The Vanguard Town Hall Meeting must have been conceived with much hope of arresting the continuous decline we have suffered in the last 20 and more years, as a result of a depreciating naira and apparently mismanaged economy.  It would be over ambitious to expect that a loosely structured three-hour session with speech presentations from about ten speakers including over half an hour taken up by a verbose moderator and another one hour or more of self-adulation by the chief guest, the Central Bank Governor, not to forget another 20 minutes of unanswered questions and contributions from the people in the hall!  Fortunately, the guest speakers themselves came with very little to say in terms of a seriously considered structured response to the problems of the naira in particular and the Nigerian economy at large!  Basically, the contributions from the guest speakers generally hovered around well worn clich├ęs, like “our economy is weak because we have depended on only oil at the expense of other abundant mineral and agricultural endowments” or the enduring slogans of “we must diversify our economy, (the government should embark on providing appropriate infrastructure” and “we need public/private partnership to grow the economy”, and “government must provide stimulus package” and “the CBN cannot revamp the economy by itself without appropriate fiscal complement”, and “we must control imports, etc, etc.”

 

Even the hilarious response to a call for printing more naira to solve our current problems was not couched on a foundation of a valid hypothesis but the bravado of the presenter almost brought the roof down!  I know that I will also be guilty of self-adulation when I say that the only structured presentation which attempted an in-depth analysis with a PowerPoint presentation was stampeded and summarily shot down by an impatient moderator less than eight minutes into the session, even when the people in the town hall (read as the wishes of the people) in a unanimous protest called for the completion of the presentation!  The wishes of the people, military style were trampled upon, in spite of the well-known democratic posturing of the moderator! 

 

Truth was consciously sacrificed on the pretext of time, for which Mr. Moderator, himself, showed no respect when he embarked on a thirty-minute spell of jokes and storytelling, which added nothing to the object of the Town Hall Meeting!  Mr. Jimoh Ibrahim, Chairman of NICON sympathetically indicated that if it was allowed, he would part with his time allocation so that our presentation which he felt showed some promise could be completed.  The CBN Governor, in his response, magnanimously regretted that the Les Leba presentation was summarily halted and wished he could have been afforded the opportunity to listen through our logic.  Nonetheless, he instructed his assistants, who were present to arrange a meeting in Abuja where he and his team would listen to the full presentation and thereafter rub minds to discover whose position accommodated superior logic!

 

Thereafter, I commended Prof Soludo’s open mindedness to a colleague, who, however, remained unimpressed as he believed the young man was playing to the gallery; afterall, my friend noted, “you have been writing and saying the same thing for over six years, why has the CBN Governor only accepted to rub minds with you when he probably has less than one more month in office?”  “In the event that he gets a second term in office,” my friend insisted, “you may in fact continue to write for another five years without any attention from that gentleman!”  Regular readers of this column are well acquainted with my position with regard to turning around our economy and adoption of a market determined rate of exchange for the naira.  Since we still live in a relatively free country,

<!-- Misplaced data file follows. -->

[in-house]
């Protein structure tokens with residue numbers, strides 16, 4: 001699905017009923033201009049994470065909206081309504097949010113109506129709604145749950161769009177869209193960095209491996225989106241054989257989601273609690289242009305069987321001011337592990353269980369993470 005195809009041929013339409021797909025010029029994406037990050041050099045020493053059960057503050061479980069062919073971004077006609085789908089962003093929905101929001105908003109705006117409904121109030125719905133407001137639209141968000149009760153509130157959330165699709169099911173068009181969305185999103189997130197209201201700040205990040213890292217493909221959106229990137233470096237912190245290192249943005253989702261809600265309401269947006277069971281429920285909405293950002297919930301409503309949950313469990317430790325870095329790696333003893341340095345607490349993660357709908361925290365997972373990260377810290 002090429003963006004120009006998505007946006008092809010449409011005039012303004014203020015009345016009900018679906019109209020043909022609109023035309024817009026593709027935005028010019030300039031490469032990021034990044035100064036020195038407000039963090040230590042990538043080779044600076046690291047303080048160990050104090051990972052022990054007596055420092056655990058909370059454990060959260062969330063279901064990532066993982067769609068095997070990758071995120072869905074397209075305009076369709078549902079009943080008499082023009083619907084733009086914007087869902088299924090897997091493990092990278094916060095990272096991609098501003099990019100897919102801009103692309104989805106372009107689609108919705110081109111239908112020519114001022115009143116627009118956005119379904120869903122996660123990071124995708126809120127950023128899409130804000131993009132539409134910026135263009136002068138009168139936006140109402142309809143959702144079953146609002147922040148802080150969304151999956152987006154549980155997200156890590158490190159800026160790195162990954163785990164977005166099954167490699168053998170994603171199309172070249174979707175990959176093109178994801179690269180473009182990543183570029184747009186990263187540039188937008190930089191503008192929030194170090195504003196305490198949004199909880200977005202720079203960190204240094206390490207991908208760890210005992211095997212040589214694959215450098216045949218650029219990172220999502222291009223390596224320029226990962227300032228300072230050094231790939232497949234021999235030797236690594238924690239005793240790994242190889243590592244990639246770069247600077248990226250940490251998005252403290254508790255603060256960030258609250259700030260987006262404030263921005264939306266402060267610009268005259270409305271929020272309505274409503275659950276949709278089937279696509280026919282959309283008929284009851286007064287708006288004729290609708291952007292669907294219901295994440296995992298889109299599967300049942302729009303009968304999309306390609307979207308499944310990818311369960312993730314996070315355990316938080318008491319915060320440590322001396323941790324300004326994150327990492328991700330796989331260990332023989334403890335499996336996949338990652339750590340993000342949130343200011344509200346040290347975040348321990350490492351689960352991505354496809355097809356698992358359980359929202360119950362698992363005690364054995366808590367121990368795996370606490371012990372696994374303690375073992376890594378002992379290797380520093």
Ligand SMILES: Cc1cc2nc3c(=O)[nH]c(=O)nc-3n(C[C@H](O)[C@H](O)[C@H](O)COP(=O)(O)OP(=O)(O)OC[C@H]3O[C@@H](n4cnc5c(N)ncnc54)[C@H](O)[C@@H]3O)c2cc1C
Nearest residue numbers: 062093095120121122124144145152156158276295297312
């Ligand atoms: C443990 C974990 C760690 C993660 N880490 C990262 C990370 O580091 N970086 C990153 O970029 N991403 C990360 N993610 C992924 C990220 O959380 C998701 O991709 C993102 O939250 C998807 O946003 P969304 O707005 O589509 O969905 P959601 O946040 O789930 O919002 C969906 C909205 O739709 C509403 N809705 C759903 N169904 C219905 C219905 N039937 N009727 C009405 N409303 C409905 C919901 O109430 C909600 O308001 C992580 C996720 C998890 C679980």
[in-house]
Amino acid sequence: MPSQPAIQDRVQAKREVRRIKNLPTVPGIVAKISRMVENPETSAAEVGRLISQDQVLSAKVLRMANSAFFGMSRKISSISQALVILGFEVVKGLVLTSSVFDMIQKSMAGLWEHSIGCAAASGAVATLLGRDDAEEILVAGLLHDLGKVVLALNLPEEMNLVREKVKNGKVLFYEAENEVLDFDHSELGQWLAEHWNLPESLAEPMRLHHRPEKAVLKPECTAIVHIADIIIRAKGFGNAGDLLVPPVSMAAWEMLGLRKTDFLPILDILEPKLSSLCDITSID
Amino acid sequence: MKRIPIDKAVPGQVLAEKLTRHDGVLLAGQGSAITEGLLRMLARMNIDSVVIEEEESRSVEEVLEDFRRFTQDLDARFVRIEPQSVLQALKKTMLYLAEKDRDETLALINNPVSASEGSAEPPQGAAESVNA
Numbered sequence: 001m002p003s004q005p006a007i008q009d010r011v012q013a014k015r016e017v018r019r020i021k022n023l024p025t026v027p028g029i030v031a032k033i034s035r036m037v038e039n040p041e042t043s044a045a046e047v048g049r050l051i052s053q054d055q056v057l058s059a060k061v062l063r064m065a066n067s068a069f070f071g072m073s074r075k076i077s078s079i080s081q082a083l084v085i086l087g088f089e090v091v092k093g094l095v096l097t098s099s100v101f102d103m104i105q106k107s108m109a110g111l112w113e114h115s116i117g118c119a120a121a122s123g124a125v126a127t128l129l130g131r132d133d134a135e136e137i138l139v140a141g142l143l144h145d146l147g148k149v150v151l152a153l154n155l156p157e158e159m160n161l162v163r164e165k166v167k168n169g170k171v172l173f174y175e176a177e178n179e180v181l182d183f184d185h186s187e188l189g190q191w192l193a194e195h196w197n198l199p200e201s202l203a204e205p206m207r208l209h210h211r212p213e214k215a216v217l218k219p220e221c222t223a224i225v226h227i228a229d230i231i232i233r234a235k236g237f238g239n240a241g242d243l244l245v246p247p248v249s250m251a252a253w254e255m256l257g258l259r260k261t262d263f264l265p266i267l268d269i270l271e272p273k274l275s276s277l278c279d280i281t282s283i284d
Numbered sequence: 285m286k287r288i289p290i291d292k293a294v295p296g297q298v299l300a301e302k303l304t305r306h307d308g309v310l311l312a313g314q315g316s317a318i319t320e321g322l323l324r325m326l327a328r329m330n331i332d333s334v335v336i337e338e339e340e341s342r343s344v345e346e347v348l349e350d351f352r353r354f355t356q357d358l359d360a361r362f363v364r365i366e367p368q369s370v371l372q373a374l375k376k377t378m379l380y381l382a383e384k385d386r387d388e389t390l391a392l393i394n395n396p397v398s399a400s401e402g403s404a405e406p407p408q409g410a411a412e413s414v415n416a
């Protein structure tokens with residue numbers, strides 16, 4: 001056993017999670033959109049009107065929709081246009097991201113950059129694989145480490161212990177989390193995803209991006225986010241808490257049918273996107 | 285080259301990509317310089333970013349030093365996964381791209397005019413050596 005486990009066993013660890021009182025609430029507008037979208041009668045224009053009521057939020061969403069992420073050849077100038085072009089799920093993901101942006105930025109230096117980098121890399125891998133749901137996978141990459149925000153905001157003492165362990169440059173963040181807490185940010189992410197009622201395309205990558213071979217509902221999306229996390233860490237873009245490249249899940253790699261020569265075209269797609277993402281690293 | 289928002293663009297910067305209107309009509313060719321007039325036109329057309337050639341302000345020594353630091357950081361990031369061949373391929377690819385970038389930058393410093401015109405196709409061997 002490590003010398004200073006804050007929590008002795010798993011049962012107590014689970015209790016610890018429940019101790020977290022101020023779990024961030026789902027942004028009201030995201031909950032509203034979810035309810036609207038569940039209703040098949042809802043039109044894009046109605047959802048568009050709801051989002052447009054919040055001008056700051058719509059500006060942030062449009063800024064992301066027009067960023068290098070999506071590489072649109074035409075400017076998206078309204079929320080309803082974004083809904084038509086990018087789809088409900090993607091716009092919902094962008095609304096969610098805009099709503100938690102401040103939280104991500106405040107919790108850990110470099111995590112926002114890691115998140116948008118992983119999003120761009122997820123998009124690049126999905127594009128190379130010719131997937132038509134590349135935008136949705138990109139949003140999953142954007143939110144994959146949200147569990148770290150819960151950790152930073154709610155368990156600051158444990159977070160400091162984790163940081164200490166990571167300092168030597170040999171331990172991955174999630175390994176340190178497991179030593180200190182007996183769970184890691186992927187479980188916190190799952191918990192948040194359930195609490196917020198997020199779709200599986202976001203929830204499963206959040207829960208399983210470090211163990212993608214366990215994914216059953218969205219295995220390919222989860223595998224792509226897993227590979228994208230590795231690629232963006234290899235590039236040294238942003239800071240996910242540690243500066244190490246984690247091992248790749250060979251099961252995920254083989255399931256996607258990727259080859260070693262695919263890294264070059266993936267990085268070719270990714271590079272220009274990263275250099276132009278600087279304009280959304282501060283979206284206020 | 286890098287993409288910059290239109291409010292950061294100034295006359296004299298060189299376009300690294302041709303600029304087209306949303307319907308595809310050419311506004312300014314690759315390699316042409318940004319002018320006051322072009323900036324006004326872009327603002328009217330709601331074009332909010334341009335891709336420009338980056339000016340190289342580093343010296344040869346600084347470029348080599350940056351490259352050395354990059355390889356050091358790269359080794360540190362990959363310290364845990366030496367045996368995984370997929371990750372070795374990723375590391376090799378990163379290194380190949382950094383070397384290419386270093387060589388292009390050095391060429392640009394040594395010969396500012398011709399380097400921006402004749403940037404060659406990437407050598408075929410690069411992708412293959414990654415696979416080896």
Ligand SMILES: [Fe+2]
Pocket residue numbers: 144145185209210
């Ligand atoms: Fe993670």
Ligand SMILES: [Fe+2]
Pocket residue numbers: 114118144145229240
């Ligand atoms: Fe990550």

I will attempt to transcribe into regular prose the schematic flow in the PowerPoint presentation that the ebullient moderator of the Vanguard Town Hall meeting did not want you to hear for reasons best known to himself, but which certainly could not be for any altruistic public interest.  For now, we will conclude this week’s article with an introduction of the table of content of our presentation for the Vanguard-sponsored “Operation Save the Naira”.  We will begin by looking at the merits and demerits of a stronger naira; in other words, is it better or not for the economy if the naira is stronger or weaker than it currently is?

 

We shall proceed therefrom to identify the major cause of a weak naira as poor management of money supply.  We will subsequently examine the impact of poor management of money supply in the determination of economic development and poverty reduction.  We will demonstrate that the bane of the management of money supply is the unilateral substitution of naira for distributable dollar by the CBN every month.

 

Finally, we will examine the positive impact on both the naira value and the whole economy of the adoption of dollar certificates for the payment of dollar-derived revenue in allocations to the three tiers of government and conclude with suggestions of complimentary policy directions which would help to revamp the economy and greatly reduce poverty in the land.  We will also indicate why our proposal will answer the paradoxes in the Nigeria economy and provide solutions to the unending calls for a diversified economy, private/public/partnership, low interest rates which are conducive for industrial growth, reduction of inflation, increased employment, etc, etc; indeed, we hope to show that the economy can begin to turn around within six months of the adoption of the strategy of dollar certificates.  Keep a date with this column next week!

SAVE THE NAIRA, SAVE NIGERIANS!